Wednesday, July 12, 2017

How the electric car revolution could backfire

Matt Ridley

If the state pushes one type of technology too hard it risks shutting down the creation of a far more efficient alternative

The [British] government is under pressure to follow France and Volvo in promising to set a date by which to ban diesel and petrol engines in cars and replace them with electric motors. It should resist the temptation, not because the ambition is wrong but because coercion could backfire.

The electric motor is older than the internal combustion engine by about half a century. Since taking over factories from the steam piston engine at the end of the 19th century, it has become ubiquitous. Twinned with its opposite number, the turbine (which turns work into electricity, rather than vice versa), it drives machines in factories, opens doors, raises lifts, prepares food, brushes teeth and washes plates.

These are fantastic motors and we should be using even more of them, especially in personal transport. They are quiet and clean at the point of use, so could have transformative effects on the quality of life of those living near roads and in urban areas. In the future they could even fly planes.

But if it is to be cordless, an electric drive must carry a heavy battery. Using lithium atoms, among the lightest there are, has helped to make batteries lighter, but they are still bulky, slow to charge and liable to explode if charged too fast. Imagine the congestion at charging stations if every car was electric.

Building an electric car generates considerably more carbon dioxide than creating a comparable petrol model because so much energy is required for the mining and processing of lithium, nickel and other materials for the battery. The battery accounts for more than half the cradle-to-grave emissions created by an electric car. Fuelling that car from a coal-fired grid like China’s or India’s makes the emissions even worse.

With Europe’s mix of generating capacity — less coal, more gas, more wind and more nuclear — an electric vehicle does emit less carbon dioxide over its lifetime than a comparable petrol or diesel vehicle, but not by a large margin. As one study concluded: “We find that electric vehicles powered by the European electricity mix reduce [global warming potential] by 26 per cent to 30 per cent relative to gasoline . . . and 17 per cent to 21 per cent relative to diesel.”

Then there is the question of where the extra electricity is to come from. In recent years we have struggled to build enough power stations for existing users, let alone adding all cars and heating too, for that is the plan. Britain’s cars travel about 250 billion miles a year. Assuming the use of very small Nissan Leaf-style vehicles, that mileage would add an extra 16 per cent of demand to our existing electricity grid.

If we want the new capacity to be low carbon — and since we cannot seem to get our act together on nuclear, and solar works poorly at this latitude, especially in winter — then how many wind turbines would be needed to generate that much extra electricity? Roughly 10,000 onshore or 5,000 offshore, requiring a subsidy of at least £2 billion, more than double the size of our existing windfarm estate. Yikes.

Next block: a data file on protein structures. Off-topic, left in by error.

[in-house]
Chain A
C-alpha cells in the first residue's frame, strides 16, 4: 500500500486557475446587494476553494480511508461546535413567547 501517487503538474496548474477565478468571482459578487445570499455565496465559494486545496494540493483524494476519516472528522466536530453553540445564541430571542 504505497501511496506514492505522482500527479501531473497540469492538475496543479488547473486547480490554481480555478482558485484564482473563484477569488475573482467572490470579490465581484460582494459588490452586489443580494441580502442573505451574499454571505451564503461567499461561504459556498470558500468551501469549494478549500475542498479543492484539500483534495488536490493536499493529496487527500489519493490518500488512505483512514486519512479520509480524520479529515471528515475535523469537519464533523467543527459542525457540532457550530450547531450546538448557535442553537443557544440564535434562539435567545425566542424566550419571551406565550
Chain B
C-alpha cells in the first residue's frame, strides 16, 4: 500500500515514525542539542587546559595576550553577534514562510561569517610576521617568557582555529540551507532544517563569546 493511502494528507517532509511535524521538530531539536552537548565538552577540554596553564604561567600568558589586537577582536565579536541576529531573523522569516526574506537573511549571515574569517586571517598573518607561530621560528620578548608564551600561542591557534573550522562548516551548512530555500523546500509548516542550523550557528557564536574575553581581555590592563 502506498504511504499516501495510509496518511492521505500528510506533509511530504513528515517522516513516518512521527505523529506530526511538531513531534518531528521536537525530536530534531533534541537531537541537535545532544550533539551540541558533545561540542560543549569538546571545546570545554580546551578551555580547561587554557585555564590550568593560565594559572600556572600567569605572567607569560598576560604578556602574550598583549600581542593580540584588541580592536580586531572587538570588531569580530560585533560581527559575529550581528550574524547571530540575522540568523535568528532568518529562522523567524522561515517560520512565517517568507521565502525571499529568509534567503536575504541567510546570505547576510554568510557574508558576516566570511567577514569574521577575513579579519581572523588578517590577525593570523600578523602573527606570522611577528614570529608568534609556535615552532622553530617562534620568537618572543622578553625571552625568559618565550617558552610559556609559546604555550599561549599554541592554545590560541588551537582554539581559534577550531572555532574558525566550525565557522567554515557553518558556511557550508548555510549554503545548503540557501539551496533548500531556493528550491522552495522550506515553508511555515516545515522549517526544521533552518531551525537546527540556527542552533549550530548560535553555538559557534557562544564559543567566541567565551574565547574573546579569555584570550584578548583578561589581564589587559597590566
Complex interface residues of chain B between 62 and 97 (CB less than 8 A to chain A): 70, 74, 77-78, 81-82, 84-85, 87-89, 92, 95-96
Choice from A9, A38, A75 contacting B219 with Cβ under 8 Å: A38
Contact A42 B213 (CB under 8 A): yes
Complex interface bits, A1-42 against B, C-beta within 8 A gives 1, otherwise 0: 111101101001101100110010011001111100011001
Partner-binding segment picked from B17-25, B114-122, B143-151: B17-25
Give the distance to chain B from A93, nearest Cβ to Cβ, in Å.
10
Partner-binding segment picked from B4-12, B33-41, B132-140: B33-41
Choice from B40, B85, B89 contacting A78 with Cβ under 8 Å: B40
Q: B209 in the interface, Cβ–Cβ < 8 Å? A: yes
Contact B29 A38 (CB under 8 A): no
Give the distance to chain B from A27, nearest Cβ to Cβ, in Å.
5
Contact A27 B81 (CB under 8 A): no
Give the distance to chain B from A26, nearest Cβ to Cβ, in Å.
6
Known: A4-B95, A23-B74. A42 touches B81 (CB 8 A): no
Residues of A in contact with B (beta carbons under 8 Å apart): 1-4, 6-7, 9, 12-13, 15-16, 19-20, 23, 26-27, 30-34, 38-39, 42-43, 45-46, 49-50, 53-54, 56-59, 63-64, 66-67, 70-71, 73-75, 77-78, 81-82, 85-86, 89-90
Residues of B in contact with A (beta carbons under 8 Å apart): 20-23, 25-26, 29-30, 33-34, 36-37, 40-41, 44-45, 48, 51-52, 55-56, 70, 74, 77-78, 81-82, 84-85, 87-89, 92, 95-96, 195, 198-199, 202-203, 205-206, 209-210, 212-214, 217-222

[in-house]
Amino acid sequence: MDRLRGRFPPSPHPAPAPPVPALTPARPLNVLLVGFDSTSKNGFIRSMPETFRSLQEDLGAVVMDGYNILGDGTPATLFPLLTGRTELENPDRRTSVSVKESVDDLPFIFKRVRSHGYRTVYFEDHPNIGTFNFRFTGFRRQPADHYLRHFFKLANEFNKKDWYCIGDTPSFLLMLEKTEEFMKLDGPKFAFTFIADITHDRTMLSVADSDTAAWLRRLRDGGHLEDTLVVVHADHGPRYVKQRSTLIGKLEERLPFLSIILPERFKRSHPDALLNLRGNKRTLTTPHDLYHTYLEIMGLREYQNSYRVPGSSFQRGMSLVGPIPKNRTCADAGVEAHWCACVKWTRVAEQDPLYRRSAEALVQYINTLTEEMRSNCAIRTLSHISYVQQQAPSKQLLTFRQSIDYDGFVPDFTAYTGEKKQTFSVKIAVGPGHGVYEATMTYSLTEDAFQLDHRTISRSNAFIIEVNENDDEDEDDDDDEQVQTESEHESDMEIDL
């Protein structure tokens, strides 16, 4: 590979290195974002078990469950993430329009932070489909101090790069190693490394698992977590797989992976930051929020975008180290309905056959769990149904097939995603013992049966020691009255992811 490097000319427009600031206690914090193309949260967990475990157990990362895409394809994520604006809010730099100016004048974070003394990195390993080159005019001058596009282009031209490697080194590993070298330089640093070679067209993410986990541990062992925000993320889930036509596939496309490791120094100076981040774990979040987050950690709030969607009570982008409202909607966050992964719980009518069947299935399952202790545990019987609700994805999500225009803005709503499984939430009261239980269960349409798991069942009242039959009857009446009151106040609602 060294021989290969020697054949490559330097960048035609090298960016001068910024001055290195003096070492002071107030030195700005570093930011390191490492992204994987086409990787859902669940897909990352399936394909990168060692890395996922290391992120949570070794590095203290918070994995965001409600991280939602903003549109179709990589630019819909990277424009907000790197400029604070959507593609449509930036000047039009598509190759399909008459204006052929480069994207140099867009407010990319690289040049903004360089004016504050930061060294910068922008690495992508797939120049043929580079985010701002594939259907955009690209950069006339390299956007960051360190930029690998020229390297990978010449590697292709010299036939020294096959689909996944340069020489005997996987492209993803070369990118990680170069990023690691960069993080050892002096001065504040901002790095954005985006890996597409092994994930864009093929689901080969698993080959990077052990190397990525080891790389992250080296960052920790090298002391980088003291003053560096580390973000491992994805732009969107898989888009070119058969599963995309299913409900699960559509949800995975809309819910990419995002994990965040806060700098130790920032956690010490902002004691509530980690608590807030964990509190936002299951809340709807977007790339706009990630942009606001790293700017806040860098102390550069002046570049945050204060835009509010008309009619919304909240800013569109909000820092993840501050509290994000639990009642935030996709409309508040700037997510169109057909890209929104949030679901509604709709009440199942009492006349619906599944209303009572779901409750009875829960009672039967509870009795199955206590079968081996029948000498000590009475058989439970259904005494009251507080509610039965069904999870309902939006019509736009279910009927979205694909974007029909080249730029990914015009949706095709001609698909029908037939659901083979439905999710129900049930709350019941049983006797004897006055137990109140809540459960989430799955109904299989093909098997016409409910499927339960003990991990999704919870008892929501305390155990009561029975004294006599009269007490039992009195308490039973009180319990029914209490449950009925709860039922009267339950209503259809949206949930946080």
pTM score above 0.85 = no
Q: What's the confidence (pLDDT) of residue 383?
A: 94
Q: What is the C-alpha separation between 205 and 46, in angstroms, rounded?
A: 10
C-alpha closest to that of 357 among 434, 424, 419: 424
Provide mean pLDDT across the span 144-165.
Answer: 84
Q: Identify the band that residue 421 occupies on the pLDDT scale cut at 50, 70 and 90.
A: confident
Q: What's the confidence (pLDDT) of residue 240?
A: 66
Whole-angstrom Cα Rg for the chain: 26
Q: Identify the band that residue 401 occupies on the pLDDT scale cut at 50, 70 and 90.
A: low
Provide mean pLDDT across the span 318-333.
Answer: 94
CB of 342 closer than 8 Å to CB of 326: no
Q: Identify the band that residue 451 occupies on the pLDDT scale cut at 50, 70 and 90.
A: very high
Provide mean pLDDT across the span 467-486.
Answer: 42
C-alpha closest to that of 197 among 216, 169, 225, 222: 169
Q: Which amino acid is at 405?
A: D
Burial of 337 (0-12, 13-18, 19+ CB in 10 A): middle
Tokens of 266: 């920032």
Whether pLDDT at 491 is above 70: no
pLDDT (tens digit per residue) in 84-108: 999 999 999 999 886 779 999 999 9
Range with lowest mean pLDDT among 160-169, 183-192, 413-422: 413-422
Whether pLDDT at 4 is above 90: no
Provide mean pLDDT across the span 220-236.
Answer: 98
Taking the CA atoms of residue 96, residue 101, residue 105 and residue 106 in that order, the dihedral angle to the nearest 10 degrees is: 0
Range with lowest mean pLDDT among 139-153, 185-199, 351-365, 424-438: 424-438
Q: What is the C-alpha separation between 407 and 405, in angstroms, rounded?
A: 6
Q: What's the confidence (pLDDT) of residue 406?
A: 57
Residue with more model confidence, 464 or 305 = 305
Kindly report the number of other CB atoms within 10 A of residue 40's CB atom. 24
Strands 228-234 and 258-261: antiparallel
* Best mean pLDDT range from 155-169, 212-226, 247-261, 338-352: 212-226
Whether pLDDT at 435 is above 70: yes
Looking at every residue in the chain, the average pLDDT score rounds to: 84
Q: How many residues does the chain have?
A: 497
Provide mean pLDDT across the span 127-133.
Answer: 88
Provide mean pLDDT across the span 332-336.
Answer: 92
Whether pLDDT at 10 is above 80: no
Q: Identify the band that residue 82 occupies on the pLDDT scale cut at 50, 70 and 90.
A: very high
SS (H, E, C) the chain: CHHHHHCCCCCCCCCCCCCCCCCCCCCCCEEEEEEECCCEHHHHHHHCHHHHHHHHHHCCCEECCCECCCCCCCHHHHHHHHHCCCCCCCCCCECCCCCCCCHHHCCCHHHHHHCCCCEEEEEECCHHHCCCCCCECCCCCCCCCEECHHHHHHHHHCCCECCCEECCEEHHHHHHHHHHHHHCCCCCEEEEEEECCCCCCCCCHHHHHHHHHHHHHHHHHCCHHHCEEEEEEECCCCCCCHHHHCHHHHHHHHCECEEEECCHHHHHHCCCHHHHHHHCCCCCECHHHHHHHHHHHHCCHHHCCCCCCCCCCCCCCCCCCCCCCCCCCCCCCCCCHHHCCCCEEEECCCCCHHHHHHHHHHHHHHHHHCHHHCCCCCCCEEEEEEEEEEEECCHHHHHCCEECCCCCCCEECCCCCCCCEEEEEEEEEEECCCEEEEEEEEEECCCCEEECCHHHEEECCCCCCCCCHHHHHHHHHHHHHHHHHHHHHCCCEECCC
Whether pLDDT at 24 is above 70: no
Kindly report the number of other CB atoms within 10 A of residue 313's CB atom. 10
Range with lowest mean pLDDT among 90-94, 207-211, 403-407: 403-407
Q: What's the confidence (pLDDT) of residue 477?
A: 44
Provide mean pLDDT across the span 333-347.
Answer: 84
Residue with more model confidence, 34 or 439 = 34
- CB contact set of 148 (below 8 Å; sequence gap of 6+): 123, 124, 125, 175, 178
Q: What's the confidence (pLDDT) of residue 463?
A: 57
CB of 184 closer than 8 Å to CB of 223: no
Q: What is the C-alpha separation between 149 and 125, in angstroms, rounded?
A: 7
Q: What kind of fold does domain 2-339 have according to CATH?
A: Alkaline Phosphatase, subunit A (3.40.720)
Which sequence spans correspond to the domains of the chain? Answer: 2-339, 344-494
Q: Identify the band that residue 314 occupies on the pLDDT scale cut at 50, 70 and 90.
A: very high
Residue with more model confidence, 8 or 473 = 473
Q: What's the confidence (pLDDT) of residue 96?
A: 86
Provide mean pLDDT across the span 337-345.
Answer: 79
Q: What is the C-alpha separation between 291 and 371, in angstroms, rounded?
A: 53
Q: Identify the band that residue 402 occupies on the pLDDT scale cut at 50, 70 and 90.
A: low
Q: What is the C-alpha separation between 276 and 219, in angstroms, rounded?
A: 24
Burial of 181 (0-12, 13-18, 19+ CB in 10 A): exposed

Meanwhile, the idea of using electric vehicles to balance the grid, allowing us to dump spare juice into them when the wind blows and take it out when it does not, is, according to Ofgem, pie in the sky, at least until autonomous vehicles arrive and cars can go scurrying off to central charging points after dropping you at home, which is some way off.

Finally, remember that — globally at least — 40 per cent of road transport fuel is used by lorries, not cars, so electrifying all cars still leaves a big chunk to tackle. In short, electric cars are a great technology but almost trivial as a climate policy. They’re attractive for other reasons.

To achieve a major transition in the economy, such as to electric transport, you could force the issue with a legal deadline, challenging the engineers to solve the practical problems and incentivising businesses to leave their comfort zone and abandon existing technologies.

Without a government ban it might never happen. But that sort of hothouse growth risks entrenching an immature technology, preventing a better one from coming along.

Here is a cautionary tale illustrating the latter point. Ten years ago Gordon Brown, then chancellor, and Hilary Benn, environment secretary, announced that ahead of an EU timetable Britain would forcibly phase out incandescent light bulbs in favour of compact fluorescent (CFL) ones, promising that this would “help tackle climate change, and also cut household bills”. By sending free CFL bulbs to most households and requiring retailers to sell only the new bulbs, this cost the country almost £3 billion.

Slow to warm up, tending to flicker, with a much shorter lifetime than expected and dangerous to dispose of, CFL bulbs were less popular with consumers than with manufacturers, who tooled up to produce them. Now, just ten years later, nobody wants CFL bulbs, thanks to the dramatic fall in price of the next technology: more efficient, better quality and safer LED lights. The government backed the wrong technology. Fortunately, in that case, changing course won’t be very hard, though the waste of £3 billion is a miserable thought. It would be much worse if we picked the wrong battery technology for electric vehicles.

Tesla’s decision to build a “Gigafactory” to make lithium-ion batteries may establish a new standard for battery technology for a generation, at the risk of pinching off research into potentially better designs for batteries. Or Tesla may find itself with an obsolete system if one of those other technologies suddenly achieves a breakthrough.

Perhaps we should leave this to the market. The great merit of private enterprise is that it reduces the cost of learning by putting a limit to the extent of the hazard of any particular adventure. One company gambles, and takes a hit, but the harm is limited and the lesson is learnt by everyone.

A ministerially mandated nationwide failure would be costly in itself and could delay the wider use of a genuinely promising development in personal transport. Don’t let the state screw this up.


Hybrid Cars and Islamic Power